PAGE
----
ועל ידי ר' שמעון בן יוחאי שהיה אף הוא תלמידו נתקיים העולם לפיכך אין להתאבל ביום זה כלל על החרבן שלא יענש אל מצוה לשמח שמחת ר' שמעון בן יוחאי ואם דר בארץ ישראל ילך לשמוח על קברו.
Next is the historical work Divrei Yosef from R. Yosef Sambary, completed in 1672 but only printed a few years ago, (although parts were printed by Adolf Neubauer in 1887). When he records the story with the Arizal about someone saying Nachem at the kever of Rashbi, he does not even mention it was on Lag Ba-Omer; he, too, records the story stressing that it was a day of Simcha not the yahrzeit of Rashbi (p. 188).
It is also worth pointing out that the Shelah ha-Kadosh, an earlier work that was influenced by the Arizal, when talking about Lag Ba-Omer, also makes no mention of it being the yahrzeit of Rashbi.
The Divrei Nechemiah, written by the grandson of the Ba’al ha-Tanyah, writes (no. 34) that there is a printing mistake in the Peri Etz Chaim when he says that it was the yahrzeit of Rashbi. However he concludes:
אך המפורסמות אין צריך ראיה שכבר נתפרסם בכל העולם מכמה דורות ע' הלולא דרשב"י בל"ג בעומר ומסתמא יש מקור לזה בזוהר או בכתבי האר"י ז"ל.
In short it is quite amazing that the whole source for Lag ba-Omer being the day of Rashbi’s death is based on a printing mistake found in only one version of the story with the Arizal, while all other versions I have found of the story does not say anything about it being the yahrzeit of Rashbi!
Returning to the origins of going to Meron on Lag Ba-Omer, Avraham Yaari, has a very detailed article where he collects many early sources[15] for going to Meron in general[16] from famous travelers such as R. Binyomin Me-Tudela in the 1170s, R. Pesachyah Me-Regensburg, but these early sources make no mention of going to Rashbi’s Kever, only to the kevarim of Hillel and Shammai[17] who are also buried in Meron.[18] The first source that Avraham Yaari found that mentions going to Rashbi’s kever is from the twelfth-century in the travels of R. Yaakov HaKohen. After that, he found it in other sources.[19] None of these sources mention to these kevarim at a specific time. In the beginning of the fourteenth century, however, a student of the Ramban mentions going to the kevarim of Hillel and Shammai in Meron on a specific date in the month of Iyar, on Pesach Shnei. We have other early sources that mention going to those kevarim on Pesach Sheini. In the famous letter of R. Ovadiah me-Bertinoro (1488) and the travels of R. Moshe Basola (1521-1523), we also find mention of going to Meron to visit the kevarim of Hillel and Shammai on Pesach Sheini. From many of these sources, we see that the reason they went was to daven for water, and that at times, water would miraculously appear from the caves. However, it is important to stress that while we have many accounts of going to Meron even during the month of Iyar none mention going to the kever of Rashbi during that time of year.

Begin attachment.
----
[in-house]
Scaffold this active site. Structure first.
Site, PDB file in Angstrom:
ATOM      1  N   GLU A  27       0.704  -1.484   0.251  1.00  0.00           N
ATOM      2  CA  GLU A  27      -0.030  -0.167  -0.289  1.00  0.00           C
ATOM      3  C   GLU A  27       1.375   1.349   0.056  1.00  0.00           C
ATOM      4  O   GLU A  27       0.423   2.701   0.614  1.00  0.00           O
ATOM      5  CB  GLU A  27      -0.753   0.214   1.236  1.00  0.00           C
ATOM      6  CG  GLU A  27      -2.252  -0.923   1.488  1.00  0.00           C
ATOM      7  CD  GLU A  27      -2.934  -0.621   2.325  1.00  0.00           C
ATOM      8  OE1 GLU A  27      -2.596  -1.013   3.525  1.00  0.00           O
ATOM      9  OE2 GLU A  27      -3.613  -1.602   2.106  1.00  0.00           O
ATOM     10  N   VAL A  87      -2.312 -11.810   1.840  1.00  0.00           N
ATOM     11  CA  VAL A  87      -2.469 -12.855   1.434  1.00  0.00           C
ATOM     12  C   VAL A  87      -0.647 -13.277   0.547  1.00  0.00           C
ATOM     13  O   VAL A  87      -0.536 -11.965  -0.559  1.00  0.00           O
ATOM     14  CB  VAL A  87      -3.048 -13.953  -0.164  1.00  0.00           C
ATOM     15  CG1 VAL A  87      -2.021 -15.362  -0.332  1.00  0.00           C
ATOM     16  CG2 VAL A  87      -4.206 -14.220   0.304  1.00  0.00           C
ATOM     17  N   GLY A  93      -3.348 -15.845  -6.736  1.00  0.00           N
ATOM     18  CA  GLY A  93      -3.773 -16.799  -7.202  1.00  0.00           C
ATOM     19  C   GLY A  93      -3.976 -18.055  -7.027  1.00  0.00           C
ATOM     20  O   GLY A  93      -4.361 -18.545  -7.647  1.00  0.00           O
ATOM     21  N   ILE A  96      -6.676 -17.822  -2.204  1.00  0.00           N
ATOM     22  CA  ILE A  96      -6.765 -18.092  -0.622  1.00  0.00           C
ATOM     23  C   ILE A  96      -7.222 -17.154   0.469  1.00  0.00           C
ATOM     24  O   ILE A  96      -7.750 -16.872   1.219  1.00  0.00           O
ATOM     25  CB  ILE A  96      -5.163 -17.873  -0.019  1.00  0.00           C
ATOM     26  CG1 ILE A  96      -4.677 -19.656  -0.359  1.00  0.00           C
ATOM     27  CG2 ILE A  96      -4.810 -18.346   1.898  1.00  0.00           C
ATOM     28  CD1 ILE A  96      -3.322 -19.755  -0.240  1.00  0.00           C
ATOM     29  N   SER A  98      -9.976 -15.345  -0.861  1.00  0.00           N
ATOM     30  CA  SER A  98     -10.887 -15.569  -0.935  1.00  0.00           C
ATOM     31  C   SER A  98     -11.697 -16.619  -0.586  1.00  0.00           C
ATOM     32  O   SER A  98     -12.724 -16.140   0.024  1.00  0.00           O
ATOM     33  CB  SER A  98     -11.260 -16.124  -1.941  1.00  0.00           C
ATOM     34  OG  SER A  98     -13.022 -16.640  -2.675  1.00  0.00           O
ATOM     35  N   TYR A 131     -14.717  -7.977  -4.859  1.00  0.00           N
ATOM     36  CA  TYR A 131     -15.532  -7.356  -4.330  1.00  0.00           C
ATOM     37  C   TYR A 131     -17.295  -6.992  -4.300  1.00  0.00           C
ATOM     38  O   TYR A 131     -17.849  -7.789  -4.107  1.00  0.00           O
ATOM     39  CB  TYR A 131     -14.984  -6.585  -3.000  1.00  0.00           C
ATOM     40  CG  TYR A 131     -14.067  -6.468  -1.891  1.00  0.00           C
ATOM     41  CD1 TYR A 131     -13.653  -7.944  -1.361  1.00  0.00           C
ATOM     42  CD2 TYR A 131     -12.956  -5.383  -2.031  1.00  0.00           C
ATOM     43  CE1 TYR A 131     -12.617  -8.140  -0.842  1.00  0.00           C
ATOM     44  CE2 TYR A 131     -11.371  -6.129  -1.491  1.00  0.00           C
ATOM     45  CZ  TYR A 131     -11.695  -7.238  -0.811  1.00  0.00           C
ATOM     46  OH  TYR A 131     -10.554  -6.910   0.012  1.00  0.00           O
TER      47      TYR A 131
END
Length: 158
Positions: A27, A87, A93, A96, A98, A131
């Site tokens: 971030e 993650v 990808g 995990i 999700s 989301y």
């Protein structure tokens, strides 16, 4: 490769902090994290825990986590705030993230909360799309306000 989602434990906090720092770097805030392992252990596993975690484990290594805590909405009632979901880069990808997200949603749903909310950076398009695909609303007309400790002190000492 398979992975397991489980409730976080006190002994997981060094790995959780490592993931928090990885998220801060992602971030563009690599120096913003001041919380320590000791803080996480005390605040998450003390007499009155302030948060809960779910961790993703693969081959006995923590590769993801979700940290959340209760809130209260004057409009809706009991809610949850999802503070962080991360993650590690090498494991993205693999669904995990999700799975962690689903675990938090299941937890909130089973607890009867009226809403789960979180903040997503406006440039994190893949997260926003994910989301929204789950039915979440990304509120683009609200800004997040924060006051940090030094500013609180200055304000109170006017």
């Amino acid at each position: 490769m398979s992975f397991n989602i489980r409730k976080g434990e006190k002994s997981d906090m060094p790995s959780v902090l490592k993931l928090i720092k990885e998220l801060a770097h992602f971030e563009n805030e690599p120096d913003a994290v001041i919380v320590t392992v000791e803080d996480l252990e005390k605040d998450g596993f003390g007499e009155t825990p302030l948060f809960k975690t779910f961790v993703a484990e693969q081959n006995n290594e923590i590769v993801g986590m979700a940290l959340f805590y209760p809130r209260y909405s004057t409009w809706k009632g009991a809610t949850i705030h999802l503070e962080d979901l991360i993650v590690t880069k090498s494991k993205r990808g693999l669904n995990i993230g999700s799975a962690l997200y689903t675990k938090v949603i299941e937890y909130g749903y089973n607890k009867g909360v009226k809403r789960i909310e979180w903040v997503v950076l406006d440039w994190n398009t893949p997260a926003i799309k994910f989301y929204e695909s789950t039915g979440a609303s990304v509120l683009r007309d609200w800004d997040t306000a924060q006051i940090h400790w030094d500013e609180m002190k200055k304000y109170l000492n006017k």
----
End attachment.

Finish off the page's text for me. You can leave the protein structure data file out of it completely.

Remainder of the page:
Avraham Yaari and Meir Benayahu cite many sources that clearly demonstrate that the Mekubelei Tzefat would go to Meron to the kever of Rashbi a few times during the year to learn Zohar. However, the first source we have for someone going to Rashbi’s kever specifically on Lag Ba-Omer, is the Talmdim of the Arizal, who say that the Arizal once went to the kever of Rashbi on Lag Ba-Omer while still living in Egypt. When recording this testimony, R. Hayyim Vital writers that he is not sure if this occurred before the Arizal was well versed in Kabbalah. But he stresses that he was doing something done by others before him. We do not know to whom R. Hayyim Vital referred. Meir Benayahu concluded that the custom of going to Meron on Lag Ba-Omer was begun by the Mekubelei Tzefat.
Although Yaari concedes that Mekubelei Tzefat were very into going to the kever of Rashbi, that is not how the minhag to go specifically on Lag Ba-Omer developed. Yaari shows that the custom of going to Meron was taken from an earlier custom of going to Shmuel Hanavi’s Kever on his yahrzeit, which was on the twenty-eighth day of Iyar.[20] The Tur brings down from the Behag that one should fast on this day. We have many early sources of prayers that were recited on this day at Shmuel Hanavi’s Kever.[21] In the travels of Meshulem Me-Volterrah from 1481, the travels of R. Ovadiah me-Bertinoro (1488) and the travels of R. Moshe Basola (1521-1523) we also find mention of going to Shmuel Hanavi’s Kever on his yarzheit. In these sources, we also see that they used to light many big flames. Avraham Yaari believes this to be the source of the minhag to go to Kever of Rashbi.

In sum, the above indicates that there are early sources for people going to Meron during the month of Iyar, on Pesach Sheni, to the kevarim of Hillel and Shammai. The Mekubelei Tzefat went to Rashbi’s kever throughout the year and Meir Benayahu feels that the minhag of going Lag Ba-Omer originated from them too. While Yaari feels that the custom of going to Meron on Lag Ba-Omer was taken from an earlier custom to go to Shmuel Hanavi’s Kever on his yahrzeit, it is also clear that the Arizal did, in fact, go to the kever of Rashbi on Lag Ba-Omer at least once.